Behind Muscat’s victory – winning people’s hearts

Professor of psychology Paul A. Bartolo explains that Muscat’s landslide victory is again down to his inclusive discourse and action, and a credibility based on sticking to facts and delivering on promises

Paul A. Bartolo
14 June 2017, 9:56am
Muscat challenged Busuttil to provide evidence of the serious accusation of corruption against him... Busuttil failed to produce any
Muscat challenged Busuttil to provide evidence of the serious accusation of corruption against him... Busuttil failed to produce any
Most political observers were surprised at the magnitude of the election victory where Dr Joseph Muscat’s movement and Labour Party obtained 55% of the vote. There is a search for possible explanations. 

Firstly, one must note that the PL had maintained a strong lead over the PN in the polls (held every month by MaltaToday) throughout the past four years. This was in fact the third successive national election with similar historic results following the 2013 General Election and the 2014 European Parliamentary elections. And it seems that, despite the apparent different issues in last month’s election campaign it can be said that the same major contrasts between the PN and PL were at work. 

Of course the historic majorities obtained are the result of a multiplicity of factors coming together, including the recent history of the parties and current changes in society. For instance, in 2013 the PN had been in power almost uninterruptedly for 24 years, and in 2017 the PN had to recover from a gap of 36,000 votes with the PL four years earlier. However, some contrasts appear to have a more important impact on voters.

It has been demonstrated that the magnitude of the 2013 PL victory with a 54.8% majority vote was obtained mainly through Muscat’s effective use of an empathic and inclusive approach to the electorate in contrast to a divisive and exclusive PN approach (Winning People’s Hearts: How Social Inclusion and Exclusion Informed the 2013 Malta General Election Campaign – Malta University Publishing, 2015). That study had shown how first of all the “PN leadership had been perceived as an arrogant and exclusive ‘oligarchy’ while the PL projected a welcoming, open ‘Movement of progressives and moderates’”.

Muscat challenged Busuttil to provide evidence of the serious accusation of corruption against him
Muscat challenged Busuttil to provide evidence of the serious accusation of corruption against him
The PL had reached out firstly to all factions within the PL itself, and no less to the rest of the liberal electorate that believed in equality and solidarity, including the aspirations of both business enterprise and the working class. It had been clearly evident that, while the PN had been merely talking of needing to listen to the people, the PL had indeed listened empathically and embraced people’s aspirations.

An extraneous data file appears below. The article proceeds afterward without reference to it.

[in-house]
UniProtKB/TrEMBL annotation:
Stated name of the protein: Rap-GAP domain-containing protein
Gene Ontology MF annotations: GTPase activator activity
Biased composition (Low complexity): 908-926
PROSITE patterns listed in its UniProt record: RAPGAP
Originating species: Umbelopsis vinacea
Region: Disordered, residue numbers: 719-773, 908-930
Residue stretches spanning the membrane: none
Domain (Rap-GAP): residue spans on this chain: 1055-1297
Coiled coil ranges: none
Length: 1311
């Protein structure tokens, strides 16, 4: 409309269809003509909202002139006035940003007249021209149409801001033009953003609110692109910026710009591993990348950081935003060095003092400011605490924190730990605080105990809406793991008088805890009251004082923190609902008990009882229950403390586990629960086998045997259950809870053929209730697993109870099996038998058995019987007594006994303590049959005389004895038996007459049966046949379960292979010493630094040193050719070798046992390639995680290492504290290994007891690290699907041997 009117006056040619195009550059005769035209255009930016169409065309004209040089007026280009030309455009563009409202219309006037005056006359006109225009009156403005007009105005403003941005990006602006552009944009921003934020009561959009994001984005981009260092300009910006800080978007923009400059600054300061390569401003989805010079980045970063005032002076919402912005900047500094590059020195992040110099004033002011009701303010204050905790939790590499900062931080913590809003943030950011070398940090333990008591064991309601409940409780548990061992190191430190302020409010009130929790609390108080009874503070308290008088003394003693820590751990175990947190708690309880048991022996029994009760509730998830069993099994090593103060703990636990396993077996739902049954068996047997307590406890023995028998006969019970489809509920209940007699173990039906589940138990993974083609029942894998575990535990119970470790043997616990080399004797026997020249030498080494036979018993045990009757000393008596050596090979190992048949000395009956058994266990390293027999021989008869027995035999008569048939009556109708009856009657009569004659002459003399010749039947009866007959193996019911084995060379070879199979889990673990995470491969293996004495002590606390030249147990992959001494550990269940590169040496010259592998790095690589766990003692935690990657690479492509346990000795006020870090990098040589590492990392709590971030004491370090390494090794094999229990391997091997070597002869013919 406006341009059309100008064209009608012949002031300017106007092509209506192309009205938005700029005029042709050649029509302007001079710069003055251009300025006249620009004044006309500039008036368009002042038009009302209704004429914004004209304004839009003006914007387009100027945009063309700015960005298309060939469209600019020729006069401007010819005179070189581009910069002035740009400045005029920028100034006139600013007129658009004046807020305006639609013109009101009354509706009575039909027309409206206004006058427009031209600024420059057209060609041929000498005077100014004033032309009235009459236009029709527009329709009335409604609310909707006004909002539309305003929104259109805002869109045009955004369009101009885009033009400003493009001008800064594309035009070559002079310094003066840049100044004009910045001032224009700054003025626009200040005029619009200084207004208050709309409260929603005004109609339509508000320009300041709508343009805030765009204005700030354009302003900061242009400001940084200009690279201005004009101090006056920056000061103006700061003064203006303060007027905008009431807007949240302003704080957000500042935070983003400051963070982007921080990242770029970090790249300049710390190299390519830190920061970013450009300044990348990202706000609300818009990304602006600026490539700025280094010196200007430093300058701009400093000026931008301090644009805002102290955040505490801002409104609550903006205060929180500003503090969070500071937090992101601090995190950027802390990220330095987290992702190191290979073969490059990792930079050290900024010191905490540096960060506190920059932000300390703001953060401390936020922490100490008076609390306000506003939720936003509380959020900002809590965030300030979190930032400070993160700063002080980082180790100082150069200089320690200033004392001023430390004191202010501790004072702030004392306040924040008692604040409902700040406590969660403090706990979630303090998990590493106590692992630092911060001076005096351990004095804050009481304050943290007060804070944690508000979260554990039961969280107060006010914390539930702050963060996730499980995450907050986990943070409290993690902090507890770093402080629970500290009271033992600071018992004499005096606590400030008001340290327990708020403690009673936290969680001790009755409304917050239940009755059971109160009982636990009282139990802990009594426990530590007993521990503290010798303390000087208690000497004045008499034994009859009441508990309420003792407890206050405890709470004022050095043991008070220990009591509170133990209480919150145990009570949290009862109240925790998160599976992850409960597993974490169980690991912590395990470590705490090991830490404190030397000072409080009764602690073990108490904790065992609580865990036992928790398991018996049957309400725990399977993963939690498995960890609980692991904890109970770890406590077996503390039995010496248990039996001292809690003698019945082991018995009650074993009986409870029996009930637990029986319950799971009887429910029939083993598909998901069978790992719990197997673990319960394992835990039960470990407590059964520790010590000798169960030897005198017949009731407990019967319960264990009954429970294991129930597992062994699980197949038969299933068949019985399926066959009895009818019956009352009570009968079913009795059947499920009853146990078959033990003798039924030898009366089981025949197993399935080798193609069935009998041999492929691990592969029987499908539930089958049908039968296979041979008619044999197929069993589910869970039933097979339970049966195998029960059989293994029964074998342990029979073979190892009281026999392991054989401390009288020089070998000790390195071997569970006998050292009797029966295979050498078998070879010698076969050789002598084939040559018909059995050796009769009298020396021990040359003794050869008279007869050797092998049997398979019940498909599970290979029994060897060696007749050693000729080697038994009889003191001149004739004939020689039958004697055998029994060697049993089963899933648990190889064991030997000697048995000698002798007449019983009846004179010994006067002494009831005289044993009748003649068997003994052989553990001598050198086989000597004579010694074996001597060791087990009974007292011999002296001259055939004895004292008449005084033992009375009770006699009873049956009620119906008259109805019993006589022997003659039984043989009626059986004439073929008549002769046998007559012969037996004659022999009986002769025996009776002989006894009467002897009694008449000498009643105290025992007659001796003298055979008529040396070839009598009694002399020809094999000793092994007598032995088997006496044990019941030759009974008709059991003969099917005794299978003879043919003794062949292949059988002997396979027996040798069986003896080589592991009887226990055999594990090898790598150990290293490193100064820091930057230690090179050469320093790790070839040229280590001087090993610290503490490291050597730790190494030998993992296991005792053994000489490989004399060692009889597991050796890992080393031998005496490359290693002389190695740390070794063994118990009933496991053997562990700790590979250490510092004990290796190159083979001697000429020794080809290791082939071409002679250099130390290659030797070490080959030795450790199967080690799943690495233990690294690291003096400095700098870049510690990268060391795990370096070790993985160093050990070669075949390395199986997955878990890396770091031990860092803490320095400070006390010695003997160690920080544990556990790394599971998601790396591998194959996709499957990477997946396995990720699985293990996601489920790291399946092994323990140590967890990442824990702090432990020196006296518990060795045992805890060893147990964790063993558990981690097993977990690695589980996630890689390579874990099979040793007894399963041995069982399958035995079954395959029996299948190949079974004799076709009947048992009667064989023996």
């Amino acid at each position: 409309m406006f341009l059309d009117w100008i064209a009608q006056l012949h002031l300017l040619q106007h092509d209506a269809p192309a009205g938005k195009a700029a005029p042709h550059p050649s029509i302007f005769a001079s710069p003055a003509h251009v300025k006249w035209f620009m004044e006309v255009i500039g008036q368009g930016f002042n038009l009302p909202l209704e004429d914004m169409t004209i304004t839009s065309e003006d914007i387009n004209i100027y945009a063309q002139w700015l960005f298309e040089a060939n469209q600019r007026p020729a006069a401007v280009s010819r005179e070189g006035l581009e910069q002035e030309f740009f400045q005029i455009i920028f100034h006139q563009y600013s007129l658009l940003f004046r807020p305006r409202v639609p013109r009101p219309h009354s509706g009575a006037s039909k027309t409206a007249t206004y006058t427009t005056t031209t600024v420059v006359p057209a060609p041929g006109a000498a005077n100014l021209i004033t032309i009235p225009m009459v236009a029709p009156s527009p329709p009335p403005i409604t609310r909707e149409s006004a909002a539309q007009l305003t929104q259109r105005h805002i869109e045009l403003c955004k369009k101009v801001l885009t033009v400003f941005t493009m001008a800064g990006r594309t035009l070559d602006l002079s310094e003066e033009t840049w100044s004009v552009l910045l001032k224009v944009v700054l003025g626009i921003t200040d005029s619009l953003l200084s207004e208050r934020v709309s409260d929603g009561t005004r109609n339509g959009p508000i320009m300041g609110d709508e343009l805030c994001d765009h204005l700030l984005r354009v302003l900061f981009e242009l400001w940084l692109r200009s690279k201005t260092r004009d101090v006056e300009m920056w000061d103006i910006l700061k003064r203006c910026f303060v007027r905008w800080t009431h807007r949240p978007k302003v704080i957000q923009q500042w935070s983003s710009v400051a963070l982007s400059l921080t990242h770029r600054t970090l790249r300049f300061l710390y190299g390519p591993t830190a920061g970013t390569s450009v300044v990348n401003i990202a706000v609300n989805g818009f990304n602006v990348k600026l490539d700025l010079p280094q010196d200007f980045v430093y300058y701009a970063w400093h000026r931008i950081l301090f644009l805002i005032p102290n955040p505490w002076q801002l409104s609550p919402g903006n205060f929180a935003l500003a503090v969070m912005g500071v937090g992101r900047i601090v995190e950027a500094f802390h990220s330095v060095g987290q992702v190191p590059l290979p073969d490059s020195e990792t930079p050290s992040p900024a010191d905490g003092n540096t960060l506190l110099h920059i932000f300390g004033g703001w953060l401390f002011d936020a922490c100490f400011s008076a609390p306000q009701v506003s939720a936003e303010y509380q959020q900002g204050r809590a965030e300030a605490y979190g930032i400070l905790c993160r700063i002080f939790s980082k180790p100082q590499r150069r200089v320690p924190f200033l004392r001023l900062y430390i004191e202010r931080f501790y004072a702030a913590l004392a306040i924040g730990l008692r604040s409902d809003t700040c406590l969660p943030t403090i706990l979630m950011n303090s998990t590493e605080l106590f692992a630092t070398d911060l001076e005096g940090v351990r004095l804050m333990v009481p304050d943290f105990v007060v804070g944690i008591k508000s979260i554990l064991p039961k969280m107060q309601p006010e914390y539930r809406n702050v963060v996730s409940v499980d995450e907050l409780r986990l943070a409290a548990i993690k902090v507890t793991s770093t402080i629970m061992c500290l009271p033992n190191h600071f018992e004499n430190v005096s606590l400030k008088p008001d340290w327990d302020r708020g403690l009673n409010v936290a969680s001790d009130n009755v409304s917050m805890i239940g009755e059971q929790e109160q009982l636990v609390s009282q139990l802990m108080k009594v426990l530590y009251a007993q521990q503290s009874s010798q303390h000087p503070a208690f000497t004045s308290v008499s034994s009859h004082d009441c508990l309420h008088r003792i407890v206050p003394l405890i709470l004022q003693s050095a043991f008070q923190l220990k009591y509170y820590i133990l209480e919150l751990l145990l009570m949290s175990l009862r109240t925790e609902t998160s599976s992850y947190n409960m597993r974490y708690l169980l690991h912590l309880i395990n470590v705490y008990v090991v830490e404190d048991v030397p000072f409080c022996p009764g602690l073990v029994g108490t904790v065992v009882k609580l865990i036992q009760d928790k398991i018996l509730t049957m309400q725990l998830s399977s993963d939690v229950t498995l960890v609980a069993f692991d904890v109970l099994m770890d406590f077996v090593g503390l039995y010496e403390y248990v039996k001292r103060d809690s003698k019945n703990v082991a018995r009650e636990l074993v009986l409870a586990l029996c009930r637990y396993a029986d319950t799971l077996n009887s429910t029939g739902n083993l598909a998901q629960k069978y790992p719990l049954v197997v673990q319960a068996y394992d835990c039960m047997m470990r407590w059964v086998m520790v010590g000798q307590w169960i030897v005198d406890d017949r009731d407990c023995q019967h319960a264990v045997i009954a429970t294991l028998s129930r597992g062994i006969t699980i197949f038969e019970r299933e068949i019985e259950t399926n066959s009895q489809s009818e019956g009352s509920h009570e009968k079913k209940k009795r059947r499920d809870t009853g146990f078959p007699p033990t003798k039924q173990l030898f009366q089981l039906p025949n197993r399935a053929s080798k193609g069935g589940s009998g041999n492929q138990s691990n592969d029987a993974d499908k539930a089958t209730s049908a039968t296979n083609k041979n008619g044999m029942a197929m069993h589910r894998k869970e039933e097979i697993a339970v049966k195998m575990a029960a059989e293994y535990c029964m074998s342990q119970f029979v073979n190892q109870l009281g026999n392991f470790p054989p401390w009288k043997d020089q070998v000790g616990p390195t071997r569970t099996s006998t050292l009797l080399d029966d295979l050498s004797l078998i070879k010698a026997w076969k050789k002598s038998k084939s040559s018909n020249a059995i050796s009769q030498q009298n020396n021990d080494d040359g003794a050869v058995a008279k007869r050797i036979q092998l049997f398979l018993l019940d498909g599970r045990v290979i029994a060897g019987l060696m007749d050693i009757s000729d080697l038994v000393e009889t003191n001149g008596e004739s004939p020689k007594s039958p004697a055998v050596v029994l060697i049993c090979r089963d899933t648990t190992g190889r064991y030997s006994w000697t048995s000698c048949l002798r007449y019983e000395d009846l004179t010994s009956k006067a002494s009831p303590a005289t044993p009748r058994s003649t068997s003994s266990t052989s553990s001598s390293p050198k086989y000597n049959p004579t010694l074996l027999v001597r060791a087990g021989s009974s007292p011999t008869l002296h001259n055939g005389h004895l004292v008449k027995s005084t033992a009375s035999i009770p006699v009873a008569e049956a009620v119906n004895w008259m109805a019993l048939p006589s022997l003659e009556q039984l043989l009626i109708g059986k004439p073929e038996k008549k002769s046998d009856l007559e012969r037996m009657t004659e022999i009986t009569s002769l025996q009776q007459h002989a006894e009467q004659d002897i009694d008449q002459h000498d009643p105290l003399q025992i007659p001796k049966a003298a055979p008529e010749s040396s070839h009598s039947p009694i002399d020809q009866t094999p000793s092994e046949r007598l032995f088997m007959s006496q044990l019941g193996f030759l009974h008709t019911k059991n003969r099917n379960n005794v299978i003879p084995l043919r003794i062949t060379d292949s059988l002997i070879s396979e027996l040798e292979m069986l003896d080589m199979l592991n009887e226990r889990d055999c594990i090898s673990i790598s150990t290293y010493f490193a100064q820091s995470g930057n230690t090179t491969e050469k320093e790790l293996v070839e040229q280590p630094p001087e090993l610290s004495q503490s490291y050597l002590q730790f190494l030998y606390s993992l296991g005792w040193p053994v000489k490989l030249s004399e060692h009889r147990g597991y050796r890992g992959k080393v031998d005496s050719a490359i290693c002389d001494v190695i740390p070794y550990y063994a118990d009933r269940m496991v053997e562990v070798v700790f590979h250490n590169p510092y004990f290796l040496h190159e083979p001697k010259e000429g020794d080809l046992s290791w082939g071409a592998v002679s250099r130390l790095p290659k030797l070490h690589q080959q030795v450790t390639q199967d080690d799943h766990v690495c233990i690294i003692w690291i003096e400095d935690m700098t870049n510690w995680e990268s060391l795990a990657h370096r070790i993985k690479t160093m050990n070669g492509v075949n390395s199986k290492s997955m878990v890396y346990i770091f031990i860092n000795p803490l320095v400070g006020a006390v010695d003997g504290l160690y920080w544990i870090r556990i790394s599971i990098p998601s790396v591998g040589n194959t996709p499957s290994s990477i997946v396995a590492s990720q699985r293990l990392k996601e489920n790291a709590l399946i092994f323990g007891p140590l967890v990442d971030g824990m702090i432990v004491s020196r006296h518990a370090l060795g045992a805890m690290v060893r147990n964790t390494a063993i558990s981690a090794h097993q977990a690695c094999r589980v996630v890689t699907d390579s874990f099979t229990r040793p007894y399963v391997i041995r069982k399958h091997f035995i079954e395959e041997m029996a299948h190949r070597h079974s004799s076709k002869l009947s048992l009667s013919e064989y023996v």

The same study had also argued how, in the Parliamentary Elections of 2014, despite the fact that the PN was accusing Muscat of breaking his promise of ‘Malta for all’, Muscat was still listening and trying to balance measures to meet the needs of all sectors and individuals while the PN still retained an ineffective exclusive stance of superiority.

It seems to me that Muscat challenged Busuttil to provide evidence of the serious accusation of corruption against him. When Busuttil failed to produce any, Muscat himself produced the evidence published by a blogger one hour earlier and challenged him to state whether he believed it or not; and, when Busuttil would not back its credibility, Muscat himself pointed out five faults in the document to prove that it was false and which Busuttil was not able to refute. Similarly, during the whole election campaign, Muscat repeatedly asserted that he would resign if ‘there was any indication’ that the accusation against him was true, and turned the tables on Busuttil who would not state that he would resign if it turned out to be false. 

This truthfulness challenge had in fact taken a turn a few weeks before the campaign. Busuttil had taken the habit of asserting that he was honest and ‘clean’ in contrast to the secret dealings of the government.

While the PN had been merely talking of needing to listen to the people, the PL had indeed listened empathically and embraced people’s aspirations
While the PN had been merely talking of needing to listen to the people, the PL had indeed listened empathically and embraced people’s aspirations
However, he stopped using the statement after it was alleged, in March 2017, that he was responsible for the creation of false invoices in order for his party to receive substantial amounts of money from business and, thus going against the Party Financing legislation. Muscat and his colleagues made a big meal out of this revelation and seemed to have restored to some extent some balance of political respect they had lost through the panama allegations.